Referring to its TV availability, Scott said, “It’s no secret the Pac-10 has been the most rigid conference in the country.”

If the league doesn’t expand, it might explore NCAA legislation that would waive the requirement for a 12-team league before it can stage a playoff game. Scott would address the absence of an obvious neutral site with this brainstorm: Play the game on the home field of the higher-ranked team.

“It works in the NFL with great success,” he points out.

But here’s the Pac-10’s quickest route to the bank vault: Texas.

There’s a scenario by which Texas, which has the fifth- and 10th-largest TV markets in Dallas and Houston, respectively, could become available. If the Big 12 begins to crumble with exits by Missouri and Nebraska, the Longhorns may be looking for a soft landing.

No doubt Slive already has done heavy homework on the ‘Horns, because the subject has been discussed in the Pac-10. Mike Garrett, the USC athletic director, wondered aloud at some recent meetings about adding Texas as a football-only component, an idea that didn’t get much traction.

Texas would seem more a fit for the SEC — imagine its tennis team setting out for Pullman or Corvallis — but it’s not as simple as geography. Texas, like seven members of the Pac-10, is part of the research-oriented Association of American Universities, while only two members (Florida and Vanderbilt) of the SEC are.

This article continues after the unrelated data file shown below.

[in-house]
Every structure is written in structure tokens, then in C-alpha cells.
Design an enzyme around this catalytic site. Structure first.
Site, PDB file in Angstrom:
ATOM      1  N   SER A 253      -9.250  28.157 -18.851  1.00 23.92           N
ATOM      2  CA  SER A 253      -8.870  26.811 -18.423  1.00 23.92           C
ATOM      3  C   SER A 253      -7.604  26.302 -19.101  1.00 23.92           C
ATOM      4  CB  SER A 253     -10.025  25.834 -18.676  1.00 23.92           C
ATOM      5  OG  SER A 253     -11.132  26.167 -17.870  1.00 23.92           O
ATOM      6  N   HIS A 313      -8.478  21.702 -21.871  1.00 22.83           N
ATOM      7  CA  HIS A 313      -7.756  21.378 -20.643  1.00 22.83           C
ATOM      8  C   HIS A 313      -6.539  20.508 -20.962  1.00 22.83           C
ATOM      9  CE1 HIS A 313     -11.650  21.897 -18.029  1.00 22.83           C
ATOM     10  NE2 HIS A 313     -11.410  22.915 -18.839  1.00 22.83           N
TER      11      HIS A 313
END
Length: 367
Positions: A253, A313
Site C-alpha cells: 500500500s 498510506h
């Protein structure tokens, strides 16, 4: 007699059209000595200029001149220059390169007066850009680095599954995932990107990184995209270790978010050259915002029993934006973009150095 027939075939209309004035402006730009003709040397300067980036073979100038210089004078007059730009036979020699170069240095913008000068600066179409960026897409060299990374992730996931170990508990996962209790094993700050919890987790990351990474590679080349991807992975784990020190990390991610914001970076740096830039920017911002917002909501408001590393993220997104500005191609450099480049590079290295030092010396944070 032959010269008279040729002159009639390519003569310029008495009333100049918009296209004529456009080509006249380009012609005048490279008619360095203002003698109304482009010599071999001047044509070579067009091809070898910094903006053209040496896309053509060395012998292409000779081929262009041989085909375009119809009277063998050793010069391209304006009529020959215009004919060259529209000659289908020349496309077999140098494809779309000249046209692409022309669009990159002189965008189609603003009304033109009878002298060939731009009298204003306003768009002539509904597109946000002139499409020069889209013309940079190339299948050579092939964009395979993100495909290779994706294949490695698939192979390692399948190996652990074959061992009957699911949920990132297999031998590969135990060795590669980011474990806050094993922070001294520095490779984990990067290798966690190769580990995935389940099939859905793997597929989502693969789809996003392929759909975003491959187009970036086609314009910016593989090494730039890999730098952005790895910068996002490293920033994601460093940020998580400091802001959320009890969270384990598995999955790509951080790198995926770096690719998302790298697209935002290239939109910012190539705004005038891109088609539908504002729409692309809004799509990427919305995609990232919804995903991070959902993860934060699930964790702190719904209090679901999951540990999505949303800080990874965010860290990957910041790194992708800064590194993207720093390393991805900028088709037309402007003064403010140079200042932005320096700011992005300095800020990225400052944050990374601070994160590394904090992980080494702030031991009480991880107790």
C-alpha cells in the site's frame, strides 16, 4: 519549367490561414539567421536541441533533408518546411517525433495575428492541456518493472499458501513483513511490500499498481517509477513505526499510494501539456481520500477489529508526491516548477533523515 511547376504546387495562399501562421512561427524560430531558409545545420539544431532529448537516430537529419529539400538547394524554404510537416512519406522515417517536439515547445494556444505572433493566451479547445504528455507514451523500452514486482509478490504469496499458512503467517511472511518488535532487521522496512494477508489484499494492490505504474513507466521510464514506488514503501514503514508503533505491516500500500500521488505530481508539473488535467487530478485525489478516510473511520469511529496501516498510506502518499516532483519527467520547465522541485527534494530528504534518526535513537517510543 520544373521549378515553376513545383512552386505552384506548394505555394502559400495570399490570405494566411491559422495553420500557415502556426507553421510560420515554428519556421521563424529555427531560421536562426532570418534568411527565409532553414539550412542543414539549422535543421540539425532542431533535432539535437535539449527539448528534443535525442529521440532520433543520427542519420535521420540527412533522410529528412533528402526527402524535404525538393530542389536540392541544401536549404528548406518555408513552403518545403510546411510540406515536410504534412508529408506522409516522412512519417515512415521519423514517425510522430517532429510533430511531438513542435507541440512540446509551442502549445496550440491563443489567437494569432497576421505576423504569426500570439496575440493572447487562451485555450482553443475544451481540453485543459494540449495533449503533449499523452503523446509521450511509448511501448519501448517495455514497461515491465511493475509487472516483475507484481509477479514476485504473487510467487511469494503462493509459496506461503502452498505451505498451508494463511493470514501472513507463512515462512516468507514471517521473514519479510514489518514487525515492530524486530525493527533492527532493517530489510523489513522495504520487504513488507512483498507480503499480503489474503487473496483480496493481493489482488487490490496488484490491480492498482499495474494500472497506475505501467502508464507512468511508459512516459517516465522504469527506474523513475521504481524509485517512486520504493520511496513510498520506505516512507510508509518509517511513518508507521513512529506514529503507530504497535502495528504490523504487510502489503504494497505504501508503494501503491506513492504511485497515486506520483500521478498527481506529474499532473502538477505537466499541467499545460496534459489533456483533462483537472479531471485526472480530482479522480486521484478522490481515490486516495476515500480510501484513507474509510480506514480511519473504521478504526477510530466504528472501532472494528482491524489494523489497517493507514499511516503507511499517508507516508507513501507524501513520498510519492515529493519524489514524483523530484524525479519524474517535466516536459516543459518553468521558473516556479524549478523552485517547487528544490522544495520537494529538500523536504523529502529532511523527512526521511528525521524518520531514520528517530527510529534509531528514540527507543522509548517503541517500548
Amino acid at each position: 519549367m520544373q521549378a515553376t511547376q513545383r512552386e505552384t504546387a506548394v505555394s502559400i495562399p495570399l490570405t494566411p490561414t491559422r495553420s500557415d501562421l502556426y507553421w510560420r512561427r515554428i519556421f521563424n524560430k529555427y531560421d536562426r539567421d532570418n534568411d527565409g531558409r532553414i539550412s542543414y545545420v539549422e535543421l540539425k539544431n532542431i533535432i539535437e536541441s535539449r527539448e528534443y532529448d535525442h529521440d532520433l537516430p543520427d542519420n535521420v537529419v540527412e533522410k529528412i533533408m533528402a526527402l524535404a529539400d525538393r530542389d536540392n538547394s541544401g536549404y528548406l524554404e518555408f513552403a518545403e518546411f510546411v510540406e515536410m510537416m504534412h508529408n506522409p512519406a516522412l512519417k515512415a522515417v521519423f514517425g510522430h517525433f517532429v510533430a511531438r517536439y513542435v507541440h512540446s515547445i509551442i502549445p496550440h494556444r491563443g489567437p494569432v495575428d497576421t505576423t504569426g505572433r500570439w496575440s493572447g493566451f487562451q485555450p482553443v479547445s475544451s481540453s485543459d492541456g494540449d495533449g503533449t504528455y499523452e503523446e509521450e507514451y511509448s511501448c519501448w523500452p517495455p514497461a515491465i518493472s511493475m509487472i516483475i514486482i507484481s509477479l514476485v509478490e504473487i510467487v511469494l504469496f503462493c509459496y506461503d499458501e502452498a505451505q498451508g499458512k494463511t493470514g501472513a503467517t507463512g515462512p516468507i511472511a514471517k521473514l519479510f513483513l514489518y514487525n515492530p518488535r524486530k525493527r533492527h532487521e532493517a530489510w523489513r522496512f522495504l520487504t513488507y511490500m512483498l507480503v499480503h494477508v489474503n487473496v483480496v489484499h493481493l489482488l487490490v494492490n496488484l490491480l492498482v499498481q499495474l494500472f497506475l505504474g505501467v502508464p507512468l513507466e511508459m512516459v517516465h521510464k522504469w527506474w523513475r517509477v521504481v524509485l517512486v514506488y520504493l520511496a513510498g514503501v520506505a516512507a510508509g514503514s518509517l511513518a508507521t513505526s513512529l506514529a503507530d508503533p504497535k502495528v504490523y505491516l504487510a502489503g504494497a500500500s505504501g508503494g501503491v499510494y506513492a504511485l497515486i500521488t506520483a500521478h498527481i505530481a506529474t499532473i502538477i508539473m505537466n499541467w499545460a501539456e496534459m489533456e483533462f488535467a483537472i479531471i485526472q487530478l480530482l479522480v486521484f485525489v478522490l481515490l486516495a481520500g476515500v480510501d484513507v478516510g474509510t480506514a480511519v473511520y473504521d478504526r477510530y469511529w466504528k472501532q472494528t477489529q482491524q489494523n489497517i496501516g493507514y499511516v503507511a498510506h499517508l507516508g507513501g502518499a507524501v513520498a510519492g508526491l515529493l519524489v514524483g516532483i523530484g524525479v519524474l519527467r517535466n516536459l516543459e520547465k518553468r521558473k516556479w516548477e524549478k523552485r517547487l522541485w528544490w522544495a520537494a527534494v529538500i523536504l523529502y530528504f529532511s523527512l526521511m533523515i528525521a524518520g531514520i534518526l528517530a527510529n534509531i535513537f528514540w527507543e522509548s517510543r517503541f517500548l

“It’s huge, what that means to these CEOs,” says Washington athletic director Scott Woodward.

Texas president William Powers Jr. got his undergrad degree at California in 1967. Word is, people like football coaches Mack Brown and his heir, Will Muschamp, want no part of the SEC. It’s deathly competitive with a reputation for running afoul of the NCAA rule book.

The Pac-10 romanced Texas in the early ’90s and made some inroads before the issue turned political and schools like Baylor and Texas Tech killed the move. So it’s not an uncharted topic.

With or without Texas, if the Big 12 disintegrates, might the Pac-10 find Oklahoma (and Oklahoma State) attractive? Or Texas A&M, where the athletic director, Bill Byrne, held that job at Oregon from 1984 to 1992?

“The most important thing is for expansion to make sense for the Pac-10,” says Woodward. “I know Larry Scott is doing his due diligence to ensure that.”

On several fronts, Texas doesn’t make a lot of sense for the Pac-10. But in a world of convoluted collegiate geography that seems near, it’s a lot less about sense than it is dollars.

Bud Withers: 206-464-8281 or bwithers@seattletimes.com